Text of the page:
Zwarte Piet Must Die: Black Pete And His White Angel Are Coming To Get You This Christmas
HUZZAH! It’s Zwarte Piet, “Black Pete” and Sinterklaas parade (Dutch Santa Claus). Santa sails from Spain., He brings gifts for the good children – “naughty children get a spanking with Black Pete’s bundle of twigs.”
Lulu Helder at the Museum of Racist Memorobilia explains:
The role is usually played by a white woman or man who wears black or brown grease paint on their faces (Saint Nicholas is always performed by a man). He or she wears large golden earrings, a curly wig and red lipstick. Right now they wear brown grease paint more often because “the blackness frightens children”.
Once the transformation is completed, a change in voice and behaviour usually follow. He or she will speak improper Dutch with a low voice and a Surinamese accent.
Who is Black Pete? Well:
[Beginning in the 12th century] black slave-characters that accompanied Saint Nicholas originally symbolised the devil, a ‘joker’ who was submissive, frightening and disobedient at once. At this point there were no ‘racial’ references to people of African descent. Although the Mores were also associated with the devil, the blackness of the children did not refer to them but to the devil-figure. In other words; this color bias preceded the racial-bias. When Saint Nicholas re-appeared at the end of the 18th century after being banned, he returned alone, without Black Peter.
In the 19th century the black devil returns, this time re-invented as a servant of Moorish descent. He wears the costume of the child-slaves that work in Europe at that time, the pages. Carrying a large bag and his rod he threatens to take children that behaved bad. In an era of slavery and colonialism the racial ideas of that time were translated onto this figure.
So. Racist, then?
Others say Black Peter doesn’t speak in a voice other than the actor whose playing him.
But he does look a lot like a golliwog.
This site is unsure about Black Pete:
Depending on the commentator’s disposition towards the character, Zwarte Piet is either an Ethiopian orphan who was saved by slavery by Sinterklaas, a chimney sweep (who presumably hasn’t had time to have a bath) or a “Moorish assistant” who really enjoys doing all the work for his white friend.
“And like a shaman who appears as a little devil, Piet has attired himself in the clothes of the hated Spanish soldiers (who occupied the south of the Netherlands in the 16th century). An optimal contrast to the good Saint Nicholas.”
* Is Black Pete and Italian chimney sweep?
What does this black Dutchman think?
While the Dutch have mostly ignored past protests against their beloved Black Pete, the United Nations’ charge the minstrelsy character is a “living trace of past slavery” met a massive backlash.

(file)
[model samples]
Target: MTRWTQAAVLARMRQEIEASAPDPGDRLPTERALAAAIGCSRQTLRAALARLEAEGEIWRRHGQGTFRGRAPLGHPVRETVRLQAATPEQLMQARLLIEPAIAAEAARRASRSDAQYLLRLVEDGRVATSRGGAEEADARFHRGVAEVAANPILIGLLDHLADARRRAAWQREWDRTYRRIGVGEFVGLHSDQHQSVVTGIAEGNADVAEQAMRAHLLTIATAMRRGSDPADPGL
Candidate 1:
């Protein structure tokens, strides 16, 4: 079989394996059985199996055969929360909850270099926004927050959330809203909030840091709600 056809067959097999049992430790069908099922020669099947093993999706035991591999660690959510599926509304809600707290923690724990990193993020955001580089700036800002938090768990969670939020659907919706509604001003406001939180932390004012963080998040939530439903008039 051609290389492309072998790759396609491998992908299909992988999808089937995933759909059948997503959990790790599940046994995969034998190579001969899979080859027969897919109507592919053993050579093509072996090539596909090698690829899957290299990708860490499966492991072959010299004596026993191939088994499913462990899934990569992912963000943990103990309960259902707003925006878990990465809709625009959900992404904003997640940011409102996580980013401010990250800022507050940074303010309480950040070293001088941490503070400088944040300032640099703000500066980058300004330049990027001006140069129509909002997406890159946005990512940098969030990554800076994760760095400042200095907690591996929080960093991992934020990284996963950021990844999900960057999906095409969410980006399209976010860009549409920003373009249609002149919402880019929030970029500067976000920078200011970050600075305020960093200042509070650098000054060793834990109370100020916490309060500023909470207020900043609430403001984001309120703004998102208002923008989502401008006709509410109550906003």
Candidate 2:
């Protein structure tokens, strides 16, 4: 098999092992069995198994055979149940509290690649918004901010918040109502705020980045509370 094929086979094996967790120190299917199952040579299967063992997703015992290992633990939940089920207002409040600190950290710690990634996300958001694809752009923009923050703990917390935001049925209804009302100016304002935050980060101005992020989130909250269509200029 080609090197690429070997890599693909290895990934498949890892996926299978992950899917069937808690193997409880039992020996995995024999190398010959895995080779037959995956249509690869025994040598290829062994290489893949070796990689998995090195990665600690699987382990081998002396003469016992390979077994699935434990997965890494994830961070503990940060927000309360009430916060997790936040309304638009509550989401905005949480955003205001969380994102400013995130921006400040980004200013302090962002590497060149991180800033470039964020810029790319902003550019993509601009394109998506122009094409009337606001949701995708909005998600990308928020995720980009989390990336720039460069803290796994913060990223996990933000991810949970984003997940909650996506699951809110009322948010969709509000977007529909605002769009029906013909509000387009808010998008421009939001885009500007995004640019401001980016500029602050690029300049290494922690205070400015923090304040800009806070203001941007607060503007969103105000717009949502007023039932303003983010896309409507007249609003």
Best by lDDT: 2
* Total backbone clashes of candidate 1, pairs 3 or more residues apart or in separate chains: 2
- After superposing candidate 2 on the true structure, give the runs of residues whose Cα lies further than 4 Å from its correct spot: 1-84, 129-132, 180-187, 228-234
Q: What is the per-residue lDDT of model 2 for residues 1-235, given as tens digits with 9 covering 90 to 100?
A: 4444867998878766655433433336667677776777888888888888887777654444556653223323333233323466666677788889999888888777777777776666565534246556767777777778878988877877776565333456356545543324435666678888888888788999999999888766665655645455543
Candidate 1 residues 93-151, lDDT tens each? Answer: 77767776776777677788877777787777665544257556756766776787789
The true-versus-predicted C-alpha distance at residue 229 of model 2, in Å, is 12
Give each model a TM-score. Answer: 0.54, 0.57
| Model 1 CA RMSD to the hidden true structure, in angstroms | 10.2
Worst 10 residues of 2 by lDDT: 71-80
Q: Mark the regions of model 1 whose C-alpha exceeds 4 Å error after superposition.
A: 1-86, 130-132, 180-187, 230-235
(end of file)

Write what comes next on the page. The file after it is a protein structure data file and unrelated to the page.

Black Pete abolitionists were threatened, their “Green Pete” counter-festivals cancelled because of fear of protests. Even Dutch Prime Minister Mark Rutte intoned, “Zwarte Piet: the name says it already. He is black … I cannot do much about it… supporters say they are something else entirely — they see tradition, cultural touchstones, sacred rituals, acknowledgment of history and symbols of unity. As traditions increasingly become battlegrounds involving race, identity politics and political correctness, is heritage a legitimate defence against the charge of racism?
The United Nations got involved. An anonymous group told the UN of its concerns that Black Pete was a “living trace of past slavery and oppression” and that it “fostered an underlying sense of inferiority of African people in Dutch society”.
UN rapporteurs of the working group on people of African descent and minority rights sent this letter to the Dutch government. It is long, dictatorial and worthy of satire:
We have the honour to address you in our capacities as Chair-Rapporteur of theWorking Group on people of African descent; Special Rapporteur in the field of culturalrights; Independent Expert on minority issues; Special Rapporteur on contemporary forms of racism, racial discrimination, xenophobia and related intolerance pursuant toHuman Rights Council resolution 18/28, 19/6, 16/6, and 16/33. In this connection, we would like to bring to your Excellency’s Government’s attention information we have received concerning the Dutch celebration of Black Pete, also known as “Swarte Piet”, which, each year, is part of the Saint Nicholas Event (5 December), and precedes and accompanies the celebration of Santa Claus.